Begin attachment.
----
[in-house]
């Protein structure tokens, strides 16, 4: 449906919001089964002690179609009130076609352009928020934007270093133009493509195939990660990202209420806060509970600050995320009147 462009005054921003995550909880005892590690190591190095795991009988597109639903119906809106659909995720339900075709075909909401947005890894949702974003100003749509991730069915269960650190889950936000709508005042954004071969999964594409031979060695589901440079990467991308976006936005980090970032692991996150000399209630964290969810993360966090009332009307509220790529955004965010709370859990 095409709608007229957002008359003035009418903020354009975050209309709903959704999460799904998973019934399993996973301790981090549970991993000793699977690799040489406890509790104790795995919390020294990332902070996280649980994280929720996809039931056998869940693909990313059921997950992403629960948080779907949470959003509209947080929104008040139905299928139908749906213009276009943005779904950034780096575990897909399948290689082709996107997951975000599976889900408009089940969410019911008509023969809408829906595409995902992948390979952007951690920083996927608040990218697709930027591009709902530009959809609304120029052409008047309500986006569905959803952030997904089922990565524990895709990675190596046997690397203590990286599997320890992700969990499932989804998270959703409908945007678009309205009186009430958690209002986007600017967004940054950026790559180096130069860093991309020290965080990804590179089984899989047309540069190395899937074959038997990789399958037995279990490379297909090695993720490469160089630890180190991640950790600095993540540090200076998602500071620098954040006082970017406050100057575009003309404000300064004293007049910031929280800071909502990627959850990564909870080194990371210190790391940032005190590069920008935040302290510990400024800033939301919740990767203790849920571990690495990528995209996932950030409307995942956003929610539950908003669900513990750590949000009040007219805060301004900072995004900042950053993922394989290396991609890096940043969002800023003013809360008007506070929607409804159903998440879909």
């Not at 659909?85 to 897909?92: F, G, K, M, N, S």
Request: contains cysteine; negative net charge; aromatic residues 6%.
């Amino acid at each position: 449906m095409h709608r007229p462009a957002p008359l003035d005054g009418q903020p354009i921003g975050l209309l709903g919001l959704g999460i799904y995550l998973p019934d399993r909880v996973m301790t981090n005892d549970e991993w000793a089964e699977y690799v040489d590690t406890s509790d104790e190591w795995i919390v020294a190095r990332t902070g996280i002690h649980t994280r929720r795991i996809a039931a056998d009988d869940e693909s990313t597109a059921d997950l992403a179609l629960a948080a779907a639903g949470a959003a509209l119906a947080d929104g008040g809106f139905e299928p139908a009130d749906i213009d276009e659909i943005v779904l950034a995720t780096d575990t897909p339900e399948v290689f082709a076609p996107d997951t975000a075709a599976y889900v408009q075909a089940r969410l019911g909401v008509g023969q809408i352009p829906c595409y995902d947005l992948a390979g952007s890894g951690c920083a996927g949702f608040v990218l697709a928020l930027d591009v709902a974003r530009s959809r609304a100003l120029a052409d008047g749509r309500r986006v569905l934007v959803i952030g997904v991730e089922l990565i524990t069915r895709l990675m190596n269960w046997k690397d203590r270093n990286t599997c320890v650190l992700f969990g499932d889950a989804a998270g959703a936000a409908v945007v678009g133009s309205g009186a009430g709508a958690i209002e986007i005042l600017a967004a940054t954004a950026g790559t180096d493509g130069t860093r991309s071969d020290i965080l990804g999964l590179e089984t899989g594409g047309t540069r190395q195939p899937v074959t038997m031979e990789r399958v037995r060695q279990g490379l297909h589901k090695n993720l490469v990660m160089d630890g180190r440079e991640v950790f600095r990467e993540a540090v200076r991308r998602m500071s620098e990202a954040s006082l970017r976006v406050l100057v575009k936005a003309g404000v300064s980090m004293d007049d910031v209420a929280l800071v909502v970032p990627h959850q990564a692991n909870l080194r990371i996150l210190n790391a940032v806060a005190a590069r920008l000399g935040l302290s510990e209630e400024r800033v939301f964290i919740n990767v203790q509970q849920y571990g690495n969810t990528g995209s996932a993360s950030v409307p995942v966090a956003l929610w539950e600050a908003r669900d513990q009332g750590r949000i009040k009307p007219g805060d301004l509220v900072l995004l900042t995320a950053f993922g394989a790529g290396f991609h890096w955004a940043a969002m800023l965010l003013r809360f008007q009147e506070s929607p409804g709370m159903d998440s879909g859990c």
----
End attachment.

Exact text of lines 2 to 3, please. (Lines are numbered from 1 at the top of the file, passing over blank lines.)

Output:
């Protein structure tokens, strides 16, 4: 449906919001089964002690179609009130076609352009928020934007270093133009493509195939990660990202209420806060509970600050995320009147 462009005054921003995550909880005892590690190591190095795991009988597109639903119906809106659909995720339900075709075909909401947005890894949702974003100003749509991730069915269960650190889950936000709508005042954004071969999964594409031979060695589901440079990467991308976006936005980090970032692991996150000399209630964290969810993360966090009332009307509220790529955004965010709370859990 095409709608007229957002008359003035009418903020354009975050209309709903959704999460799904998973019934399993996973301790981090549970991993000793699977690799040489406890509790104790795995919390020294990332902070996280649980994280929720996809039931056998869940693909990313059921997950992403629960948080779907949470959003509209947080929104008040139905299928139908749906213009276009943005779904950034780096575990897909399948290689082709996107997951975000599976889900408009089940969410019911008509023969809408829906595409995902992948390979952007951690920083996927608040990218697709930027591009709902530009959809609304120029052409008047309500986006569905959803952030997904089922990565524990895709990675190596046997690397203590990286599997320890992700969990499932989804998270959703409908945007678009309205009186009430958690209002986007600017967004940054950026790559180096130069860093991309020290965080990804590179089984899989047309540069190395899937074959038997990789399958037995279990490379297909090695993720490469160089630890180190991640950790600095993540540090200076998602500071620098954040006082970017406050100057575009003309404000300064004293007049910031929280800071909502990627959850990564909870080194990371210190790391940032005190590069920008935040302290510990400024800033939301919740990767203790849920571990690495990528995209996932950030409307995942956003929610539950908003669900513990750590949000009040007219805060301004900072995004900042950053993922394989290396991609890096940043969002800023003013809360008007506070929607409804159903998440879909």
């Not at 659909?85 to 897909?92: F, G, K, M, N, S």